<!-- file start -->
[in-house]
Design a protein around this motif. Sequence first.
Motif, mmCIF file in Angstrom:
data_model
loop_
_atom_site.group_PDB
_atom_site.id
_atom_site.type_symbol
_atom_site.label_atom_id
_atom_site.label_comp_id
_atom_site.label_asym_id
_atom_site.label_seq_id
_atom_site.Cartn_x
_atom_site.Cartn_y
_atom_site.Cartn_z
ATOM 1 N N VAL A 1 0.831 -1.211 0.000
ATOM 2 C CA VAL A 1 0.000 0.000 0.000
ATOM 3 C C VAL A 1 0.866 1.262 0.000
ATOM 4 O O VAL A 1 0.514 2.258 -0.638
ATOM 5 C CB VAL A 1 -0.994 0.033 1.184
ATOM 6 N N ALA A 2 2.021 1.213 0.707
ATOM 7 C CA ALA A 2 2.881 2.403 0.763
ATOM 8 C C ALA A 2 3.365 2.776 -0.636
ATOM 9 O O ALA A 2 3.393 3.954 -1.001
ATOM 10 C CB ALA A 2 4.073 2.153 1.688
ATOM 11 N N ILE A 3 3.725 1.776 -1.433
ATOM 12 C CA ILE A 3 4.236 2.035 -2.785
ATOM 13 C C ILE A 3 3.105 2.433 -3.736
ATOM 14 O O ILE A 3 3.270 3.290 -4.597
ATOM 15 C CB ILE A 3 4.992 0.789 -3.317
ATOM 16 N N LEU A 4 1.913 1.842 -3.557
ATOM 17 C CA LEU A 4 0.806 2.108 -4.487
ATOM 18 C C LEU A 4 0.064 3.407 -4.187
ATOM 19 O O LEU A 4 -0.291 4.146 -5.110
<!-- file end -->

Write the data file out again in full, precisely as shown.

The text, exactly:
[in-house]
Design a protein around this motif. Sequence first.
Motif, mmCIF file in Angstrom:
data_model
loop_
_atom_site.group_PDB
_atom_site.id
_atom_site.type_symbol
_atom_site.label_atom_id
_atom_site.label_comp_id
_atom_site.label_asym_id
_atom_site.label_seq_id
_atom_site.Cartn_x
_atom_site.Cartn_y
_atom_site.Cartn_z
ATOM 1 N N VAL A 1 0.831 -1.211 0.000
ATOM 2 C CA VAL A 1 0.000 0.000 0.000
ATOM 3 C C VAL A 1 0.866 1.262 0.000
ATOM 4 O O VAL A 1 0.514 2.258 -0.638
ATOM 5 C CB VAL A 1 -0.994 0.033 1.184
ATOM 6 N N ALA A 2 2.021 1.213 0.707
ATOM 7 C CA ALA A 2 2.881 2.403 0.763
ATOM 8 C C ALA A 2 3.365 2.776 -0.636
ATOM 9 O O ALA A 2 3.393 3.954 -1.001
ATOM 10 C CB ALA A 2 4.073 2.153 1.688
ATOM 11 N N ILE A 3 3.725 1.776 -1.433
ATOM 12 C CA ILE A 3 4.236 2.035 -2.785
ATOM 13 C C ILE A 3 3.105 2.433 -3.736
ATOM 14 O O ILE A 3 3.270 3.290 -4.597
ATOM 15 C CB ILE A 3 4.992 0.789 -3.317
ATOM 16 N N LEU A 4 1.913 1.842 -3.557
ATOM 17 C CA LEU A 4 0.806 2.108 -4.487
ATOM 18 C C LEU A 4 0.064 3.407 -4.187
ATOM 19 O O LEU A 4 -0.291 4.146 -5.110